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Performance of "Believe Me, Xantippe," by J. F. Ballard '09 Evokes Favorable Comment.

By G. H.

"Believe Me, Xantippo!", a melodramatic farce by Frederick Ballard, formerly a graduate student here, is the third of the plays to receive the prize offered by Mr. John Craig to dramatists of Harvard and Radcliffe, and the first to come from a Harvard writer. On Monday last it began an indefinite run at the Castle Square Theatre, Boston, presented by Mr. Craig and his stock company.

Like the great majority of present-day farces, "Believe Me, Xantippe!" depends very largely for its humor on its melodramatic touches. To have been told ten years ago that melodrama was on the way to becoming ludicrous would have been sacrilege; yet in this day of self-styled musical comedy the "blood and thunder" is quite the funniest thing we have on our stage--except of course in the "movies" where, fortunately for us, the sinning and the sinned-against are polite enough to allow themselves to be seen but never heard. It is perhaps this speaking out in meeting which makes the stage-acted melodrama of today highly amusing; in any case, it is what goes far to carry the present piece.

Of Mr. Ballard's four acts, only the second and last succeed in getting the proper response from the audience; nor is this owing to any lack of situation, for the playwright is blessed with a fertile imagination, but rather to the fact that he has failed to make the best of what he had in hand. The first act, for instance, is talky in the extreme. Before there can be a play the audience must know that the apartment of Mr. George MacFarland, wealthy New Yorker, has been robbed, that he is thoroughly disgusted with the stupidity of the police in allowing the burglars to escape and so, to prove how utterly dead is the arm of the law, he makes a wager with friends that he can commit a gross crime and, given but a few hours to make his escape, evade the police of the whole nation for a year. Instead of permitting us to see the bungling officers, to have first hand knowledge of their propensities to idiocy, we are given a colorless conversation between MacFarland, his butler, and two friends in which the facts of the matter are made known. So far as there is any response from the audience, this information might as well have been printed in the program. Why not convert the butler into one of the hopeless men from headquarters and so make the dialogue in the act something more than narration?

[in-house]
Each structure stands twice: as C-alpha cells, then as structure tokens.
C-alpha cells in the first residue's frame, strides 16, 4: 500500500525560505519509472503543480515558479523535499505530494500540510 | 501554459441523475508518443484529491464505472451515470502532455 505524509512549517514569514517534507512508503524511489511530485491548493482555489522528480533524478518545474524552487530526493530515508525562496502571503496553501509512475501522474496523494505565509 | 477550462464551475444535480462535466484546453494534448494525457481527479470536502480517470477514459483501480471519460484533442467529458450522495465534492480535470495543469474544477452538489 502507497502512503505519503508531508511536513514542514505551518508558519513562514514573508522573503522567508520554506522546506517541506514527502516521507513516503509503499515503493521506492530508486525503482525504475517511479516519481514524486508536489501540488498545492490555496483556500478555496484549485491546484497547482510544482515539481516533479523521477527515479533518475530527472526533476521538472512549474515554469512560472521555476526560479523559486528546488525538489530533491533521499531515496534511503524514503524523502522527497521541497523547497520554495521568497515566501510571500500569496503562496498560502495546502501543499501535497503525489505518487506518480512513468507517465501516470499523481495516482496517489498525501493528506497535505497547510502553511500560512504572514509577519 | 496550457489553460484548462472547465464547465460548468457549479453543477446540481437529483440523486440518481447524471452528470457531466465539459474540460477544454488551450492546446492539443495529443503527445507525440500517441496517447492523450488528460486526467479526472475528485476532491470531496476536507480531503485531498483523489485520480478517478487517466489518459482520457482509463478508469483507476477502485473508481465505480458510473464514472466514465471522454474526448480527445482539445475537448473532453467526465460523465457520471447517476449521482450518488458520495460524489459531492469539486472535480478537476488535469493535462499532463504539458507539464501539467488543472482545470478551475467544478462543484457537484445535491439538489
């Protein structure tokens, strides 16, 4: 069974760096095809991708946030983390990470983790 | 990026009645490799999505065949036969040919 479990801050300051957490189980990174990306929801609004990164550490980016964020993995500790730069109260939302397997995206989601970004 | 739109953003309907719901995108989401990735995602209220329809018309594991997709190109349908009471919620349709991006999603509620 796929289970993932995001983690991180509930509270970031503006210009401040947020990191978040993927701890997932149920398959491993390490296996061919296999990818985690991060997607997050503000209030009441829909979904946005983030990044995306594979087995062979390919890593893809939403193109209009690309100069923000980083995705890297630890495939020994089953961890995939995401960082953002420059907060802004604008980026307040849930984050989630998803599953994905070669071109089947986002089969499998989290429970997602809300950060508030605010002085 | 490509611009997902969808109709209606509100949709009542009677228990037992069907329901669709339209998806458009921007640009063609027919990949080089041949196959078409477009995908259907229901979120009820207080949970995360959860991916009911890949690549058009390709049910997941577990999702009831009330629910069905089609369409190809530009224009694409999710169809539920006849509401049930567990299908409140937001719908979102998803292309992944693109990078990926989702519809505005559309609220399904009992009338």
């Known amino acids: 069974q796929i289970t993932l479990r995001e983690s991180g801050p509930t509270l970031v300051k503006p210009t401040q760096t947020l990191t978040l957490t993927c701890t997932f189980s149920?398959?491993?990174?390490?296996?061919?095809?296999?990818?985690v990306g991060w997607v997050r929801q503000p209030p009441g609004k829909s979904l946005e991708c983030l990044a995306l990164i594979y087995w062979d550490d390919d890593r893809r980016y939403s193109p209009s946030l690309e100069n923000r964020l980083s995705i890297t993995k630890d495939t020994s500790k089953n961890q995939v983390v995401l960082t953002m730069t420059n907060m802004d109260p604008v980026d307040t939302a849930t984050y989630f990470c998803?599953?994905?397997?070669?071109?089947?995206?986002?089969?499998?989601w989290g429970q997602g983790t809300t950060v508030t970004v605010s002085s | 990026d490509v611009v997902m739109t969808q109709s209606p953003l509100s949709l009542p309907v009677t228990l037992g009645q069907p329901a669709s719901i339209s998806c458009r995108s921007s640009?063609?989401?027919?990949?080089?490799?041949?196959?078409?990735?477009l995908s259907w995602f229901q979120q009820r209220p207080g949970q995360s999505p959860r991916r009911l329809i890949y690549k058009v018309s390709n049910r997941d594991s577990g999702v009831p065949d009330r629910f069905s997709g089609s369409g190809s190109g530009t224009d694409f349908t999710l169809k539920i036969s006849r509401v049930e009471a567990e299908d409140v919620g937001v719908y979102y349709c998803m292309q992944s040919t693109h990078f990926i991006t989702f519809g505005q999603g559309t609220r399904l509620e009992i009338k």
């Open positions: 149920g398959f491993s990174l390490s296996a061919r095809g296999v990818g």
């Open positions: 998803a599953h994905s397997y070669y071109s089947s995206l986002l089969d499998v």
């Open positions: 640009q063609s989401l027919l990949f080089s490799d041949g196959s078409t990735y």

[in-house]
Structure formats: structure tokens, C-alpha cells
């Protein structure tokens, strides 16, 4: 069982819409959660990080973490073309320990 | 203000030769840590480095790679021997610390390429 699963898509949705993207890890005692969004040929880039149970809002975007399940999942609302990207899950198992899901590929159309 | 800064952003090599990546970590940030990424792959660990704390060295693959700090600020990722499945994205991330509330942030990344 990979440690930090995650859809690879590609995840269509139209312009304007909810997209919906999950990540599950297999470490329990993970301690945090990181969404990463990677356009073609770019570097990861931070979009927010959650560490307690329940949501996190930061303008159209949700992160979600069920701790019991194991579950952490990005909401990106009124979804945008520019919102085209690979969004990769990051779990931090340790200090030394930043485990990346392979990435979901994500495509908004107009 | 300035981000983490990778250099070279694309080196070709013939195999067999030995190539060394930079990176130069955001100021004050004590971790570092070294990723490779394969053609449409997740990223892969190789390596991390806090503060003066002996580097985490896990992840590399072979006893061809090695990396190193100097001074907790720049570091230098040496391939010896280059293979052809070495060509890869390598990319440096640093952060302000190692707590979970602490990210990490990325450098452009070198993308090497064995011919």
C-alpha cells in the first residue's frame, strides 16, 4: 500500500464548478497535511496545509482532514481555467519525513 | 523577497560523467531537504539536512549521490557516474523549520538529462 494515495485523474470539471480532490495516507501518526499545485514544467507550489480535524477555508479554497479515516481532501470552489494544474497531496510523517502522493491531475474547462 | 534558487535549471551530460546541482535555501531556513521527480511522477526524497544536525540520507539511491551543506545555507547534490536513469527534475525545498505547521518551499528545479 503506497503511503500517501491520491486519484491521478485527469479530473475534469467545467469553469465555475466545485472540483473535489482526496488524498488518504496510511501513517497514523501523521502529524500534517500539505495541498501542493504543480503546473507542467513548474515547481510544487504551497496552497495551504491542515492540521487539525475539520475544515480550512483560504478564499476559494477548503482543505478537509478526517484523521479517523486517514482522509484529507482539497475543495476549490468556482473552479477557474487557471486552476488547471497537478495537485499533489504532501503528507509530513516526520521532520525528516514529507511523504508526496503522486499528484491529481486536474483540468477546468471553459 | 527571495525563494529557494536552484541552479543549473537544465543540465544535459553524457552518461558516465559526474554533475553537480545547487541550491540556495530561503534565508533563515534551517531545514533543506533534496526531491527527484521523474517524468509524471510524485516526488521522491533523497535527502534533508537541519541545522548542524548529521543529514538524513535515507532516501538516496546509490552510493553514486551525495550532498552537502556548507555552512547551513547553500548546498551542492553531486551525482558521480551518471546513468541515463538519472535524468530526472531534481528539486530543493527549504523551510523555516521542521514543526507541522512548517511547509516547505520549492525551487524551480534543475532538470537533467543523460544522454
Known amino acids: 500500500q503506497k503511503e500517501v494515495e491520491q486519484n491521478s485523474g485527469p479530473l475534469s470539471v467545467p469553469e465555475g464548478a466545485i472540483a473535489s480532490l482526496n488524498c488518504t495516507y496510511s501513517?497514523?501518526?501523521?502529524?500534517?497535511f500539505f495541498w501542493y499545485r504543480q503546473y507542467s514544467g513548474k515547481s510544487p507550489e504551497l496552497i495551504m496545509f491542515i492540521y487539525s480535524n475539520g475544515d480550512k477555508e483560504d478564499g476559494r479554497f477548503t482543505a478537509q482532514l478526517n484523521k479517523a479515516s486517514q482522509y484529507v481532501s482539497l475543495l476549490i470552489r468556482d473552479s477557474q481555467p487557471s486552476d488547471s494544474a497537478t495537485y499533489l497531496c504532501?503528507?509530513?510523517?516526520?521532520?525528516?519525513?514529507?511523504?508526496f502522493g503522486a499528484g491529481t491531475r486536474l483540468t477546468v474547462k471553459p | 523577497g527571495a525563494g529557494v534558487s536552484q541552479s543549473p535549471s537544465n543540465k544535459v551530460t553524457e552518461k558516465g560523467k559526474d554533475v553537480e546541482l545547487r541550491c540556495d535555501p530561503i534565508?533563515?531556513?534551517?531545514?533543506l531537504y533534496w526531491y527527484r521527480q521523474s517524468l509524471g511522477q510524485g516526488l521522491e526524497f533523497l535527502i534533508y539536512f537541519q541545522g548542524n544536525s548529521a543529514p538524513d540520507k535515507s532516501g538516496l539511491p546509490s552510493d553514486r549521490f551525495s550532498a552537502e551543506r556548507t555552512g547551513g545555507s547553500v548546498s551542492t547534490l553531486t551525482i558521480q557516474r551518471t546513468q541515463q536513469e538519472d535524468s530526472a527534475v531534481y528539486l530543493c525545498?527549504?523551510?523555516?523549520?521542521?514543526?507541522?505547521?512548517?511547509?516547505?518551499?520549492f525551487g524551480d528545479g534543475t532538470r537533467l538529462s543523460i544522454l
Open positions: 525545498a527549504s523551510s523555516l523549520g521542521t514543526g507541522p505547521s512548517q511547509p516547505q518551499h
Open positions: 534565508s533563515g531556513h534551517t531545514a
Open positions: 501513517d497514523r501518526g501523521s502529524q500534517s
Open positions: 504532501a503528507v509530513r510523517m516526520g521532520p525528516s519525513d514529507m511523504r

At the end of the third act, on the whole very much better than the first, MacFarland's cry of "Sing Sing!"--so tragically does Mr. Craig give the line--takes one out of the farcical atmosphere and brings the curtain down with a cold thud.

Despite its unevenness, the play is original and diverting, and it seems that with a little rewriting it should prove a "popular success." The second act in which MacFarland is captured by the daughter of the western sheriff,in turn captures a genuine desperado, then is put to bed with him while the young lady sits watching with a rifle in her hands, is farce of the best sort.

Mr. Craig as George MacFarland, Miss Mary Young as Dolly Kamman, the sheriff's daughter,and Mr. Walter Walker as the sheriff have parts nicely fitted to their abilities. The play is adequately staged.

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